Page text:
It is important to emphasize at the start of this chapter that, although we are now moving beyond the non-sentient realm of the 'merely living' to organisms which possess sentience, consciousness, self-consciousness and various forms of intelligence, our focus is still firmly upon the requirements of ecological justice and upon what environmental resources such organisms are entitled to claim against moral agents. We are not concerned with the issues of how moral agents may treat or mistreat such organisms in other respects, such as in their direct personal interaction with them. It is important to emphasize this point because it is with respect to organisms possessing sentience and beyond that an enormous amount of ethical thought has already been expended without, however, addressing issues of distributive justice regarding environmental goods and bads of the kind with which ecological justice is concerned. We need to maintain, therefore, a firm grip upon this set of issues, without, of course, disparaging the efforts of those whose concern has been primarily with the welfare and suffering of individual non-human animals.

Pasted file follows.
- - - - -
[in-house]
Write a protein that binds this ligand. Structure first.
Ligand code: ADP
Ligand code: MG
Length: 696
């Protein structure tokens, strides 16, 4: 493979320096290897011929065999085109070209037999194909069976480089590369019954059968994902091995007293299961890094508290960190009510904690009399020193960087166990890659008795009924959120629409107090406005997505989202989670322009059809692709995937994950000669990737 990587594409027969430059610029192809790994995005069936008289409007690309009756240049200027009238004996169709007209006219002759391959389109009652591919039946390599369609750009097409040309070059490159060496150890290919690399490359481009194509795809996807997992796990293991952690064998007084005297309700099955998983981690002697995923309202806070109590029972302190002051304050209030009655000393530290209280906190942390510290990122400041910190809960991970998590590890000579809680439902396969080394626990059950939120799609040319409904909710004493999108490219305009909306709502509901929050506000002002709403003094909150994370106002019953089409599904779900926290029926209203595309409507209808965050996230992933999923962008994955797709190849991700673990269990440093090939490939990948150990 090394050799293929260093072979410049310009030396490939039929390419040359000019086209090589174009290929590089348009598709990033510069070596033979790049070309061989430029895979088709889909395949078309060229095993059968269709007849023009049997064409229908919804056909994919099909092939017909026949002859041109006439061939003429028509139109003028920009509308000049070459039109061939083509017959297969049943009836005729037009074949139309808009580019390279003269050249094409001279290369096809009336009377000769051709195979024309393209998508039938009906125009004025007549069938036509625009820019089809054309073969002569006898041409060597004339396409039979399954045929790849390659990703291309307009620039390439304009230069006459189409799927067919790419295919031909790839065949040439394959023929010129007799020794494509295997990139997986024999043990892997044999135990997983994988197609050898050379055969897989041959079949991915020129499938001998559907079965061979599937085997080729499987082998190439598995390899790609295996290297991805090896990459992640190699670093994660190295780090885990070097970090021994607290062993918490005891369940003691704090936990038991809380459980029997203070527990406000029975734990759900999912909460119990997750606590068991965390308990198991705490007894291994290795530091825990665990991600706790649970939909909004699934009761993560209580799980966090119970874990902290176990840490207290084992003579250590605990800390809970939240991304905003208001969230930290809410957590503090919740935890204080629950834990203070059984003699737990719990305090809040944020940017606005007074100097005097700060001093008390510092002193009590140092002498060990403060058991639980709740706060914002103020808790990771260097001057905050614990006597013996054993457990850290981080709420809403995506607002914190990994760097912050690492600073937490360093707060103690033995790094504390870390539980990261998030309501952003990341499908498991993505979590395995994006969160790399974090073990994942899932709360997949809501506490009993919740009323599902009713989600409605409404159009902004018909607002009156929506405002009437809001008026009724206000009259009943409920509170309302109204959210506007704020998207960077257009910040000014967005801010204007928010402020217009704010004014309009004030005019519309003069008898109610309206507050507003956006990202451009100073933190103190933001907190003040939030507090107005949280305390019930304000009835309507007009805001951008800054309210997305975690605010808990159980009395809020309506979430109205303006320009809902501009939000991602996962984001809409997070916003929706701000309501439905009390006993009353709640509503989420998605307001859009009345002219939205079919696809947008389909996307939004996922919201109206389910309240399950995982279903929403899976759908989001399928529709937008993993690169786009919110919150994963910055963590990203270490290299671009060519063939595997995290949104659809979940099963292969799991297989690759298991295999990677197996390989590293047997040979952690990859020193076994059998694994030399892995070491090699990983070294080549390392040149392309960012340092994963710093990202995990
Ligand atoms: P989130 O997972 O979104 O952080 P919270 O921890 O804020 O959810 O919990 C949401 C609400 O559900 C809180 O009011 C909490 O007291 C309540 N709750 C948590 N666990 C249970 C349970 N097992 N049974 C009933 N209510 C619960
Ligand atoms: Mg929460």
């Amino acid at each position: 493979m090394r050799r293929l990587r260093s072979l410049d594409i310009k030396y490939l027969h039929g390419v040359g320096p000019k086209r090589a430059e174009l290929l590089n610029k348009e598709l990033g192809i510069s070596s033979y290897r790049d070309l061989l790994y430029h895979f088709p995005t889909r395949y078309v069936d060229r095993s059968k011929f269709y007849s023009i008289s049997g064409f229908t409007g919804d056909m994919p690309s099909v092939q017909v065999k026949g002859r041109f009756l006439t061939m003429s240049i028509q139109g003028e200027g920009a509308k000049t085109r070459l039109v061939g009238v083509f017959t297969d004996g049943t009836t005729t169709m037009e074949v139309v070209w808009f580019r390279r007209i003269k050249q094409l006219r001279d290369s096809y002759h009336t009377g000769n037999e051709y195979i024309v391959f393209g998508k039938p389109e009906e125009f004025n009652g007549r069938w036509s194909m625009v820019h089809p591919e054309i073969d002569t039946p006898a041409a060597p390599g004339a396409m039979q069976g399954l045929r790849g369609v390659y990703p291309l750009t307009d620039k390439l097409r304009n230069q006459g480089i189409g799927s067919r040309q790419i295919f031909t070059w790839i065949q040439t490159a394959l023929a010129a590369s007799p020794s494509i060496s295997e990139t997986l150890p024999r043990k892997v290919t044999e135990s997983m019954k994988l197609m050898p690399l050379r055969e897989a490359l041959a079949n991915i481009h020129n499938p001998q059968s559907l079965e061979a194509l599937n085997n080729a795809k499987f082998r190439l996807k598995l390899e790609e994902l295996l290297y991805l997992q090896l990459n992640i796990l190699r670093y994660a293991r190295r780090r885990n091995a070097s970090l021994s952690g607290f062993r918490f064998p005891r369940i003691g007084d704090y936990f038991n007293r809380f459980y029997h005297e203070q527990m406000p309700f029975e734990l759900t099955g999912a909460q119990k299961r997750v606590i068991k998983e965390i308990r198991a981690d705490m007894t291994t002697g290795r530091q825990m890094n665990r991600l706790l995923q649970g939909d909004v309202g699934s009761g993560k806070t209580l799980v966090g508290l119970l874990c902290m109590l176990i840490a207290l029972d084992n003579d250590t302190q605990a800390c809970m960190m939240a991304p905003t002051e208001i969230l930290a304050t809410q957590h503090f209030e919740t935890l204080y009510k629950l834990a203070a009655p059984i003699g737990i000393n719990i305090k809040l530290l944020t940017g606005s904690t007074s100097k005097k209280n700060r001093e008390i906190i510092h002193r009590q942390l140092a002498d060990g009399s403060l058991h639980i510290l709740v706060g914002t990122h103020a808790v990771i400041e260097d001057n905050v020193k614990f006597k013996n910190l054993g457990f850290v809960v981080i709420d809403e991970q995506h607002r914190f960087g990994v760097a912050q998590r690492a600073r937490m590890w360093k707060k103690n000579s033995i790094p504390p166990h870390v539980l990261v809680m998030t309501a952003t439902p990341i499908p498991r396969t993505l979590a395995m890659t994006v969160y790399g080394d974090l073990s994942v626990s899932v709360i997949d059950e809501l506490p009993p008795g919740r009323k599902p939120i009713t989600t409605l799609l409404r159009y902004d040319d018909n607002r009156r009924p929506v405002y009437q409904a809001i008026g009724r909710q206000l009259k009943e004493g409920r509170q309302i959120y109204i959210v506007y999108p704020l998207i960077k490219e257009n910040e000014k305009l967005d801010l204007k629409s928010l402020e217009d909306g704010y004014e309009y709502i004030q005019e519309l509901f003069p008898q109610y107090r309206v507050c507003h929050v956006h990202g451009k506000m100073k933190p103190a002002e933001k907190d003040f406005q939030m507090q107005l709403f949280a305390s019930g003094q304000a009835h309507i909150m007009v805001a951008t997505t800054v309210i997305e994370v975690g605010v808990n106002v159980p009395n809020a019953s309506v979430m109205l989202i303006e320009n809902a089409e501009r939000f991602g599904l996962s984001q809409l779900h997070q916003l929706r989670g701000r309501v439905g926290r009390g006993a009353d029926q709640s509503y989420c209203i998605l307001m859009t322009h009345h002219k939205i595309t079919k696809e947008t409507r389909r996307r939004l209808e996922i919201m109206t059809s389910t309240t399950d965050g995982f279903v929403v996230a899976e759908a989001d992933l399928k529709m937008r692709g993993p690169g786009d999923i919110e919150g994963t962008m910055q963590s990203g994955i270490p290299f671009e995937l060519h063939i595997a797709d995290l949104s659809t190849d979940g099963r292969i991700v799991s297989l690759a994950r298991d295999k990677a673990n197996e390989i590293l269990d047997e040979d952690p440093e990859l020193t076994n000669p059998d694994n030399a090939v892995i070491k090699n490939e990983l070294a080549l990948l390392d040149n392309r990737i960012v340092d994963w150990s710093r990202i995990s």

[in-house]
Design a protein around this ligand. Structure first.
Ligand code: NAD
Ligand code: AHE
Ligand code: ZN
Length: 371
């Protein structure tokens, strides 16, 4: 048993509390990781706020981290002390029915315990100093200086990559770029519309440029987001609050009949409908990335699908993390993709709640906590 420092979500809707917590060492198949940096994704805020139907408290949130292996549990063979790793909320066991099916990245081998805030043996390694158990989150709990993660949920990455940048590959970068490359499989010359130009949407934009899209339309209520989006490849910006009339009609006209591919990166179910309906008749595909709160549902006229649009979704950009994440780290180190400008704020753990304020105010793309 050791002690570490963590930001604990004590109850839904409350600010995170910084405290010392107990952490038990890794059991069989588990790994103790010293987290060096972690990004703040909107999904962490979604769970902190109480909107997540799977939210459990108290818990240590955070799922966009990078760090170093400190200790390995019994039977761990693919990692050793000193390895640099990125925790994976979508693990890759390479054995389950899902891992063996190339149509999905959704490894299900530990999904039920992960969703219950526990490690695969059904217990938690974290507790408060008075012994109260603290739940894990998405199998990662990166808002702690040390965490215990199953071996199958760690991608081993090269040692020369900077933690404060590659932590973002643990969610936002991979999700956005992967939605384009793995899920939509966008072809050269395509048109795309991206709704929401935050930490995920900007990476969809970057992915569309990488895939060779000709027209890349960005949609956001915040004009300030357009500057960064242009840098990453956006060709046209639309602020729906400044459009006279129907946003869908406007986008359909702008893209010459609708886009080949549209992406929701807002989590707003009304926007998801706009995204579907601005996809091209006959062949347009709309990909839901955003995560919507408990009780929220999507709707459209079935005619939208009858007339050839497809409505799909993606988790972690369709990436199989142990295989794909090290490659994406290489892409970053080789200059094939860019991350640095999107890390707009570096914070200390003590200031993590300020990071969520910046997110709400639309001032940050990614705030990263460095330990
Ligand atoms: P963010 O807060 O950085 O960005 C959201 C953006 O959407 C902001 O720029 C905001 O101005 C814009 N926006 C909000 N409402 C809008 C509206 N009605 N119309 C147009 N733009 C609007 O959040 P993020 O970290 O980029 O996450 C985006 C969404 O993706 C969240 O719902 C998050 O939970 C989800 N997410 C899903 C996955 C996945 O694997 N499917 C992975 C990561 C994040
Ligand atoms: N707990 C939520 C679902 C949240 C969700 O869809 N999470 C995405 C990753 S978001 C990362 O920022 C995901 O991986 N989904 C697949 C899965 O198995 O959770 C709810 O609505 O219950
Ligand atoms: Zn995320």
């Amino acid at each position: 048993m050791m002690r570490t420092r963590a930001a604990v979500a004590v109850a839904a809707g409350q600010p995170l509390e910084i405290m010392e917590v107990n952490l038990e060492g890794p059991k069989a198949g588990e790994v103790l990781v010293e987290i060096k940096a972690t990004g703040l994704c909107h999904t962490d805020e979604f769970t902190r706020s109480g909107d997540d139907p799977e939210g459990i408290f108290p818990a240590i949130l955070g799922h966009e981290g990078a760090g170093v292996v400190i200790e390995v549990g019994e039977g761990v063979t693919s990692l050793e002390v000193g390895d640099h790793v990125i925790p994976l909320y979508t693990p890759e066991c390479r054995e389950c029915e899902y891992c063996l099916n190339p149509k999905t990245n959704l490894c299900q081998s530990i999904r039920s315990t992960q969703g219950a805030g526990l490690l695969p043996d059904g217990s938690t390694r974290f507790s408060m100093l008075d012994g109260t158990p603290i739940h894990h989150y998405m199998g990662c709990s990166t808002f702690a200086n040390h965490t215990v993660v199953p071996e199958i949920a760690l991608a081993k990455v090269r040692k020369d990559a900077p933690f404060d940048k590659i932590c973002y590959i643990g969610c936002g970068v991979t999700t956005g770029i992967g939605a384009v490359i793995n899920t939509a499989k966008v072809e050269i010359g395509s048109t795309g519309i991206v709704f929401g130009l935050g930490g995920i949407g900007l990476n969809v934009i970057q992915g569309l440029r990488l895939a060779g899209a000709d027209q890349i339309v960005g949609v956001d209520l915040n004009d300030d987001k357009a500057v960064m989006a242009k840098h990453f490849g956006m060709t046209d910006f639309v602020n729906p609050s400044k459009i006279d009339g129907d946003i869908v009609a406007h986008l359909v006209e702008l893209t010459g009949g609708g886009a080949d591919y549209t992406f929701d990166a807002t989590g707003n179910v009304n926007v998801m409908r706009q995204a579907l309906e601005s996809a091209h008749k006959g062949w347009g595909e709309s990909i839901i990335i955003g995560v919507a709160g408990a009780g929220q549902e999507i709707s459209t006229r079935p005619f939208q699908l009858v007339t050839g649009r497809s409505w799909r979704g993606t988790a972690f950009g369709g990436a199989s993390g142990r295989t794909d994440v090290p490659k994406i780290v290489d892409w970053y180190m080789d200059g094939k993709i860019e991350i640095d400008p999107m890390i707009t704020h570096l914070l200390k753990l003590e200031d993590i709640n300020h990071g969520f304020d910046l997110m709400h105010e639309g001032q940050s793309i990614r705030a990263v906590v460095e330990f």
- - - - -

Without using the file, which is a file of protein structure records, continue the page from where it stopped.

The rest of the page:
What are the appropriate subjects of claims to resources as we move to the class of sentient organisms, and to what does ecological justice entitle them? With respect to many of those organisms that occupy the region between the bare possession of sentience up to the onset of self-consciousness, the requirements they have for environmental resources will be essentially the same as in the case of non-sentients. But at some point, short of full self-consciousness, we have many organisms which possess as part of their life activity a very heightened awareness of much that is in their environment, including a very detailed awareness of, and need to respond to, members of their own kind. Such creatures, found among mammal groups in particular, especially primates, have developed the kind of sensitivity which it is not inappropriate to think of as a social sense.
Self-consciousness appears to exist only among the great apes, including, of course, ourselves, although there seems to be good evidence that it can be found among other mammal groups, such as dolphins and pigs. Members of these groupings appear to be able to recognize themselves in a mirror, a simple and convincing test of the possession of self-consciousness. For to do this requires the ability to have the following thought (albeit not necessarily expressible in a language): 'the creature in front of me is identical to this creature looking at it.' This necessitates possession of the concept of 'this creature doing the looking'.
The importance of these kinds of distinction for ecological justice is, of course,